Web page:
Author Archives: Joy Breslauer


Thanks to all of those who volunteered to help out at the Mercy Home, domestic violence shelter, on Christmas Eve and Christmas Day. All shifts are full and 2 people called to help and after all of the shifts were filled. Kudos to those who are volunteering and to those who called to help and the shifts were full.

I did go visit the Mercy Home on Friday to finalize our plans and train a new volunteer, and discovered that there will be about 4 women and about 7 kids at the shelter over the Christmas Holiday. One woman has 4 kids all under 4, and another woman has 2 kids, one of which is handicapped. I hope to make this Christmas a special and safe one for them.

The Mercy Home is in need of clothing for some of these kids and women. If you are able, please help out by donating the following items:

  • Boys pants and shirts size 6/7: 10 sets are needed
  • Boys pants and shirts size 4/5: 5 sets are needed
  • 2 ladies hoodies size 2XL
  • 1 ladies hoodie size XL

If you are volunteering you can bring them to your shift, or if you are not volunteering you can bring them to the YWCA, and tell them that they are for boys and women at the shelter.

Thanks to all that are helping.

Wendy Weissman

Hanukkah Reflects America’s Religious Liberty: Vignettes From Montana, Idaho, and Utah

Hanukkah Reflects America’s Religious Liberty: Vignettes From Montana, Idaho, and Utah
Brought to you by
By Rabbi Joshua Eli Plaut, Ph.D , 12/18/2014

In 1974 in Philadelphia, a small menorah was lit in front of Independence Hall, home to the iconic Liberty Bell. The menorah was crude and made of wood. Five people attended what is now considered to be the first Chabad-Lubavitch public-menorah lighting. Regardless of the constitutional implications of this action, the idea of religious freedom embodied by the Hanukkah holiday deeply resonates with the core principles of American democracy. The attention currently lavished by American Jews on Hanukkah makes it difficult to imagine that there was once a time when it was a minor holiday. Yet, across America, Hanukkah’s magnification as a Jewish holiday now has broader implications.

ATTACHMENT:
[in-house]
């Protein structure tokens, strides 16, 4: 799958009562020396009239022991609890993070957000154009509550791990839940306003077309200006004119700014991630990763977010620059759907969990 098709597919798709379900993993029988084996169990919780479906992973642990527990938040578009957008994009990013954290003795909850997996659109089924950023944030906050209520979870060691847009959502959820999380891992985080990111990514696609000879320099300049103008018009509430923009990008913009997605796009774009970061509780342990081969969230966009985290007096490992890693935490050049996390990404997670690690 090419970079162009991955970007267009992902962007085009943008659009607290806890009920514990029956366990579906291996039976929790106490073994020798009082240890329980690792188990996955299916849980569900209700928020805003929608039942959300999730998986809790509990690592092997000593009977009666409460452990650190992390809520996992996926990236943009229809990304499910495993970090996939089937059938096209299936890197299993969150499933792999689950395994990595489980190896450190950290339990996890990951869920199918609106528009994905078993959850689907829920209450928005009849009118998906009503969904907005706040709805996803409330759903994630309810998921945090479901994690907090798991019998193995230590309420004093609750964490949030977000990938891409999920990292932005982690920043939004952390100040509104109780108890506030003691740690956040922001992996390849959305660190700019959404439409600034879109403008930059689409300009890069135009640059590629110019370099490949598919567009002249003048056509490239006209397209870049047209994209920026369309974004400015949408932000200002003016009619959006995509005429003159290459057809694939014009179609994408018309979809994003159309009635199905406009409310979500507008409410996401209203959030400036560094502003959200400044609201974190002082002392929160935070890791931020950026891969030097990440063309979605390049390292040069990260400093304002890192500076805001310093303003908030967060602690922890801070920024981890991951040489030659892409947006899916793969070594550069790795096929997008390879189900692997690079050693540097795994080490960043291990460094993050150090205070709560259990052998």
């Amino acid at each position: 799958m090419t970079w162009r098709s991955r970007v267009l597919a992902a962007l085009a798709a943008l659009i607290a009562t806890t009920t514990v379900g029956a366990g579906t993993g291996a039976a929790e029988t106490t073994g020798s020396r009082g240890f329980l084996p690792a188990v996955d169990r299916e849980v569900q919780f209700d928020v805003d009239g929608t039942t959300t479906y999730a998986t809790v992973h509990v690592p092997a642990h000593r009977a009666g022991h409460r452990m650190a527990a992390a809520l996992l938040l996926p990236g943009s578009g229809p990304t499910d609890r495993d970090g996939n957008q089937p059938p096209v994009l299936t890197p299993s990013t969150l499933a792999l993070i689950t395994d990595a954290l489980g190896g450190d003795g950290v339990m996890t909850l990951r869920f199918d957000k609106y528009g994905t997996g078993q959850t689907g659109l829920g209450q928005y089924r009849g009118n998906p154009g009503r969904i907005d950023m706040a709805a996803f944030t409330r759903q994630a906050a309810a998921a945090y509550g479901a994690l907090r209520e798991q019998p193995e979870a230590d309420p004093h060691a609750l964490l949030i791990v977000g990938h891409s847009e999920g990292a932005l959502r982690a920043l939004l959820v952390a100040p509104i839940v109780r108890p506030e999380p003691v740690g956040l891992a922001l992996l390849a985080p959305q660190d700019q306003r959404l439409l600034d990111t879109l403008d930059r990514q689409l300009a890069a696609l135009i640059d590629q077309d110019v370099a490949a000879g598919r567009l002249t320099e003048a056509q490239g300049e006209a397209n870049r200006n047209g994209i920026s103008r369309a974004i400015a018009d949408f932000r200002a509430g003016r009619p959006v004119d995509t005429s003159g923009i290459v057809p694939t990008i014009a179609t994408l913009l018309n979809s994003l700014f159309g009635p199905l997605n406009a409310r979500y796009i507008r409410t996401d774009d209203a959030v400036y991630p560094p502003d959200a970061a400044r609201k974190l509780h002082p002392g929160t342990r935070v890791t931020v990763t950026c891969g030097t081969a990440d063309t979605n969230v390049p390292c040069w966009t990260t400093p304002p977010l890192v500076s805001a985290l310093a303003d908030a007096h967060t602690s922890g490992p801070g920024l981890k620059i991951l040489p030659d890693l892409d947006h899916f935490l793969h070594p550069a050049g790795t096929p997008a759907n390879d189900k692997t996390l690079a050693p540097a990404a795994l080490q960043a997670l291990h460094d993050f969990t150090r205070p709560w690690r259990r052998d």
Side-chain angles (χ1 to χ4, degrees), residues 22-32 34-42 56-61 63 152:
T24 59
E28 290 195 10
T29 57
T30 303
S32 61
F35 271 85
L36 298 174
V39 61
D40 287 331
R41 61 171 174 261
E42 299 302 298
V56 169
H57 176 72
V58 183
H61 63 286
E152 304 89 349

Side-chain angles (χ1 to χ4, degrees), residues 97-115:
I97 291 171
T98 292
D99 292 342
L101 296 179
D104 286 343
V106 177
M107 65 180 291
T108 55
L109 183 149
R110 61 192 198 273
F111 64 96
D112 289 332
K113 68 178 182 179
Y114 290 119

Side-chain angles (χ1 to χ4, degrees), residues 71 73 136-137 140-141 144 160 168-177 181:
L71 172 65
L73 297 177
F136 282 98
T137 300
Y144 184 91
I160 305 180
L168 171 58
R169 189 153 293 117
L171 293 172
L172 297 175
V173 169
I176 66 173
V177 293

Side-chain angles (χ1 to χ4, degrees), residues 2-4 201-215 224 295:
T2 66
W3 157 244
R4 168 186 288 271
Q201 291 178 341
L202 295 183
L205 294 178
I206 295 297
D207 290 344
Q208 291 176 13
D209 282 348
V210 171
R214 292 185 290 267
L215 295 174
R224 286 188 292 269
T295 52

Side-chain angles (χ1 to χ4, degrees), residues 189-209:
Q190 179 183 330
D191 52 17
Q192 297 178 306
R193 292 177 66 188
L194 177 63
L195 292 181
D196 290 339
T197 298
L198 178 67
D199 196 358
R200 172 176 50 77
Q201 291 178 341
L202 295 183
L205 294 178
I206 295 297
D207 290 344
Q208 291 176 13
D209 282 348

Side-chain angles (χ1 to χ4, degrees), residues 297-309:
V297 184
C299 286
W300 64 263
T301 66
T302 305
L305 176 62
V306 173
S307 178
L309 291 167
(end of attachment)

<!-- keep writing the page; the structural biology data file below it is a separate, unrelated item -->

In recent years, Hanukkah has evolved into a symbol of religious liberty for all Americans. In 165 BCE, after the Maccabees, a minority, successfully revolted against the majority – the Syrian kingdom led by Antiochus Epiphanes IV – there was a rededication of the Jerusalem Temple and the rekindling of its golden menorah for eight miraculous days. This origin story naturally translates into contemporary American motifs of religious liberty and survival represented by a Hanukkah festival of lights. The story of Hanukkah also recalls the first pilgrims who arrived on America’s shores after fleeing religious oppression in Europe.

Three vignettes from Montana, Idaho, and Utah exemplify how the holiday’s underlying Jewish message of religious freedom is now embraced for its strong American values.

Consider this: the largely non-Jewish residents of Billings, MT, used the menorah as a means to fight the anti-Semitism and bigotry that surfaced in the town in 1993. In December of that year, Isaac and Tami Schnitzer placed a Hanukkah menorah in their window. A town resident hurled a cinder block through the Schnitzers’ window and threatened other families and institutions displaying menorahs. The townspeople decided to take a collective stand against bigotry. Through a campaign waged by the Billings Gazette and the town’s sheriff, families and businesses were asked to display pictures of menorahs in their homes and jobs. People responded so enthusiastically that by the time the campaign concluded, an estimated 10,000 people had answered the call. This community-wide protest dramatically decreased the incident of hate crimes in Billings.

Indicative of Hanukkah’s mainstream popularity, even in states with small Jewish populations like Idaho, then-Governor Dirk Kempthorne signed a symbolic proclamation on December 1, 2004, naming December 7, 2004, National Menorah Day in the State of Idaho. The governor declared, “the message of Chanukah resonates quite powerfully with the fundamental principles of American life, as this nation was founded on the principles of hope and religious freedom.” The proclamation reads, in part: